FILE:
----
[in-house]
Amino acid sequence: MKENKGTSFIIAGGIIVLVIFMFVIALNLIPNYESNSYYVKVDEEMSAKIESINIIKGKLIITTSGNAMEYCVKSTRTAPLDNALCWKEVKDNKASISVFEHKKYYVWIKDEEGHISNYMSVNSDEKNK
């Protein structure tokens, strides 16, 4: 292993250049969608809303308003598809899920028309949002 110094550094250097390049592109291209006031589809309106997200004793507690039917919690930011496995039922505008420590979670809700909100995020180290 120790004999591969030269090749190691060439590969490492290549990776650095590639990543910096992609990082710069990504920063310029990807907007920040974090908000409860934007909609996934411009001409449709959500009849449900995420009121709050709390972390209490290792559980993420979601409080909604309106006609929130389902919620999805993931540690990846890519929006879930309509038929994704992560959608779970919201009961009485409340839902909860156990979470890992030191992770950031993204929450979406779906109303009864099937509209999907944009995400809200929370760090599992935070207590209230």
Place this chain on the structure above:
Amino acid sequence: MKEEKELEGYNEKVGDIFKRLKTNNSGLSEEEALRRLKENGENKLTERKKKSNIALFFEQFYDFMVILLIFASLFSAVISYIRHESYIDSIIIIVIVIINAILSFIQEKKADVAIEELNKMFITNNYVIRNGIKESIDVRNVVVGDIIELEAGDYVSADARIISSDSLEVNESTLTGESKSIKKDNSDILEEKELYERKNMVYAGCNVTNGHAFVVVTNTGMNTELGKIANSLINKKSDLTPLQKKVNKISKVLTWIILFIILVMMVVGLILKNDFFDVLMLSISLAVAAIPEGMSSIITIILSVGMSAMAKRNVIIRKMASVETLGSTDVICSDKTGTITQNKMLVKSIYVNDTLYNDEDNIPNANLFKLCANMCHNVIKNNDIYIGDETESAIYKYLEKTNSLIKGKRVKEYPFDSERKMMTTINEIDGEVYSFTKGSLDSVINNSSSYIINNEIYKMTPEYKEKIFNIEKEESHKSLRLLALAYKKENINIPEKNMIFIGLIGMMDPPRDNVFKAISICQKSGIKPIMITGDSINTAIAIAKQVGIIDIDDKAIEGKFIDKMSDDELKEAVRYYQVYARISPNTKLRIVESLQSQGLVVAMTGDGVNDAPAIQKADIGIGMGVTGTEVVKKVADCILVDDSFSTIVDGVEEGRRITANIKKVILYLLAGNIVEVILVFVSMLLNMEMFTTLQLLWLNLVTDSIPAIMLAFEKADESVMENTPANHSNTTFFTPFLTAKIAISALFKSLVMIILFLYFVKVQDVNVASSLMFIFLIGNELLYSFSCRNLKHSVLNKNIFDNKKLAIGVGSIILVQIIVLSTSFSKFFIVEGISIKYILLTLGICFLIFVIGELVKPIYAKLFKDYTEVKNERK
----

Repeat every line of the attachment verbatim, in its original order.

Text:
[in-house]
Amino acid sequence: MKENKGTSFIIAGGIIVLVIFMFVIALNLIPNYESNSYYVKVDEEMSAKIESINIIKGKLIITTSGNAMEYCVKSTRTAPLDNALCWKEVKDNKASISVFEHKKYYVWIKDEEGHISNYMSVNSDEKNK
């Protein structure tokens, strides 16, 4: 292993250049969608809303308003598809899920028309949002 110094550094250097390049592109291209006031589809309106997200004793507690039917919690930011496995039922505008420590979670809700909100995020180290 120790004999591969030269090749190691060439590969490492290549990776650095590639990543910096992609990082710069990504920063310029990807907007920040974090908000409860934007909609996934411009001409449709959500009849449900995420009121709050709390972390209490290792559980993420979601409080909604309106006609929130389902919620999805993931540690990846890519929006879930309509038929994704992560959608779970919201009961009485409340839902909860156990979470890992030191992770950031993204929450979406779906109303009864099937509209999907944009995400809200929370760090599992935070207590209230």
Place this chain on the structure above:
Amino acid sequence: MKEEKELEGYNEKVGDIFKRLKTNNSGLSEEEALRRLKENGENKLTERKKKSNIALFFEQFYDFMVILLIFASLFSAVISYIRHESYIDSIIIIVIVIINAILSFIQEKKADVAIEELNKMFITNNYVIRNGIKESIDVRNVVVGDIIELEAGDYVSADARIISSDSLEVNESTLTGESKSIKKDNSDILEEKELYERKNMVYAGCNVTNGHAFVVVTNTGMNTELGKIANSLINKKSDLTPLQKKVNKISKVLTWIILFIILVMMVVGLILKNDFFDVLMLSISLAVAAIPEGMSSIITIILSVGMSAMAKRNVIIRKMASVETLGSTDVICSDKTGTITQNKMLVKSIYVNDTLYNDEDNIPNANLFKLCANMCHNVIKNNDIYIGDETESAIYKYLEKTNSLIKGKRVKEYPFDSERKMMTTINEIDGEVYSFTKGSLDSVINNSSSYIINNEIYKMTPEYKEKIFNIEKEESHKSLRLLALAYKKENINIPEKNMIFIGLIGMMDPPRDNVFKAISICQKSGIKPIMITGDSINTAIAIAKQVGIIDIDDKAIEGKFIDKMSDDELKEAVRYYQVYARISPNTKLRIVESLQSQGLVVAMTGDGVNDAPAIQKADIGIGMGVTGTEVVKKVADCILVDDSFSTIVDGVEEGRRITANIKKVILYLLAGNIVEVILVFVSMLLNMEMFTTLQLLWLNLVTDSIPAIMLAFEKADESVMENTPANHSNTTFFTPFLTAKIAISALFKSLVMIILFLYFVKVQDVNVASSLMFIFLIGNELLYSFSCRNLKHSVLNKNIFDNKKLAIGVGSIILVQIIVLSTSFSKFFIVEGISIKYILLTLGICFLIFVIGELVKPIYAKLFKDYTEVKNERK